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The percentage of Bay Area residents borrowing to pay for a higher education rose dramatically between 2003 and 2018.

In that 15-year period, the percentage nearly doubled from 6.2 percent to 12.2 percent regionwide, according to a report by the Federal Reserve Bank of San Francisco.

County by county, the increase was the highest in Contra Costa County, where the percentage jumped by 149.2 percent. The increase in Solano County was not far behind at 147.8 percent.

Here’s how the counties rank by the percentage increase in student loan debt.1. Contra Costa County — 149.2%2. Solano County — 147.8%3. Napa County — 121.7%4. Marin County — 100.9%5. Santa Clara County — 98.1%6. Alameda County — 96%7. Sonoma County — 91%8. San Mateo County — 81.7%9. San Francisco — 52.6%[bar color=”Accent-Color” title=”1. Contra Costa County” percent=”149.2″][bar color=”Extra-Color-1″ title=”2. Solano County” percent=”147.8″][bar color=”Accent-Color” title=”3. Napa County” percent=”121.7″][bar color=”Extra-Color-1″ title=”4. Marin County” percent=”100.9″][bar color=”Accent-Color” title=”5. Santa Clara County” percent=”98.1″][bar color=”Extra-Color-1″ title=”6. Alameda County” percent=”96″][bar color=”Accent-Color” title=”7. Sonoma County” percent=”91″][bar color=”Extra-Color-1″ title=”8. San Mateo County” percent=”81.7″][bar color=”Accent-Color” title=”9. San Francisco” percent=”52.6″]Neighborhoods with mostly black and Hispanic households, such as the Bayview, Hunters Point and Treasure Island, all in San Francisco, are suffering from the debt more than other neighborhoods, the report says.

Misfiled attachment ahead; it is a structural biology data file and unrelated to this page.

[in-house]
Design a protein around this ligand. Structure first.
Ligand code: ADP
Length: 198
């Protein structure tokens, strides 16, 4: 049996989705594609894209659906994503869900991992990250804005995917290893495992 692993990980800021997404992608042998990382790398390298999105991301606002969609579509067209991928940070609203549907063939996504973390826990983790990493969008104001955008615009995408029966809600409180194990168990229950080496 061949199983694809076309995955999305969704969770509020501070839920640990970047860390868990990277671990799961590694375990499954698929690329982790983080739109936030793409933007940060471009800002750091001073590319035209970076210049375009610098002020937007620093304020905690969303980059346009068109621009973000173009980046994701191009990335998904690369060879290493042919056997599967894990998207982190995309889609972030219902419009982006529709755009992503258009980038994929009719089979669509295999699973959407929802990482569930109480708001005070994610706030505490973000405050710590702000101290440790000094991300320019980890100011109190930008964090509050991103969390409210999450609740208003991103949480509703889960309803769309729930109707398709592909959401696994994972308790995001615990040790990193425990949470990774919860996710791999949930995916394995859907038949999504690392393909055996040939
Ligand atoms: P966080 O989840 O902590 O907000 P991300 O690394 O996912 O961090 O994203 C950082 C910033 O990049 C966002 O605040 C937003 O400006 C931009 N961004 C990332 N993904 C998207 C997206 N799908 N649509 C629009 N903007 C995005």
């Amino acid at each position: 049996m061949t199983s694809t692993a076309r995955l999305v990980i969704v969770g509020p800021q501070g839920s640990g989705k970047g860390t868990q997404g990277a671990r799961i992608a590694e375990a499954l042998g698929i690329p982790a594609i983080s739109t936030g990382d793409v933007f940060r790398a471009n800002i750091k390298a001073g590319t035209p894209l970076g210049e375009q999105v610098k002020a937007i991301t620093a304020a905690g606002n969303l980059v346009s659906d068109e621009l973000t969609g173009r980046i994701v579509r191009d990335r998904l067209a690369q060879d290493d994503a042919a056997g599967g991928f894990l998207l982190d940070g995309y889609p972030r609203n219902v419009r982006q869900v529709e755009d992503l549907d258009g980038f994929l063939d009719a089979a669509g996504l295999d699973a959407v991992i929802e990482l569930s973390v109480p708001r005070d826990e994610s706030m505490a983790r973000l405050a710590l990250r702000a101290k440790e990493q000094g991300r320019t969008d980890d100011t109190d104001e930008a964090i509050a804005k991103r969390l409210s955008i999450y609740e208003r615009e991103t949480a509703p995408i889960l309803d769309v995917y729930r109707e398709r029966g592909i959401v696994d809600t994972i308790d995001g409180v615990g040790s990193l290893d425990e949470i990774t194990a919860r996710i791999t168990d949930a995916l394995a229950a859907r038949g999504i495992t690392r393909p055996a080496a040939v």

Seth Frotman, who was the student loan ombudsman for the Consumer Financial Protection Bureau, said, “Researchers are beginning to show how this debt fuels economic, gender and racial inequality, inhibits asset accumulation, accelerates wealth gaps and carves out a generational divide that, even in the best of circumstances, will take decades to erase.”

Source: Federal Reserve Bank of San Francisco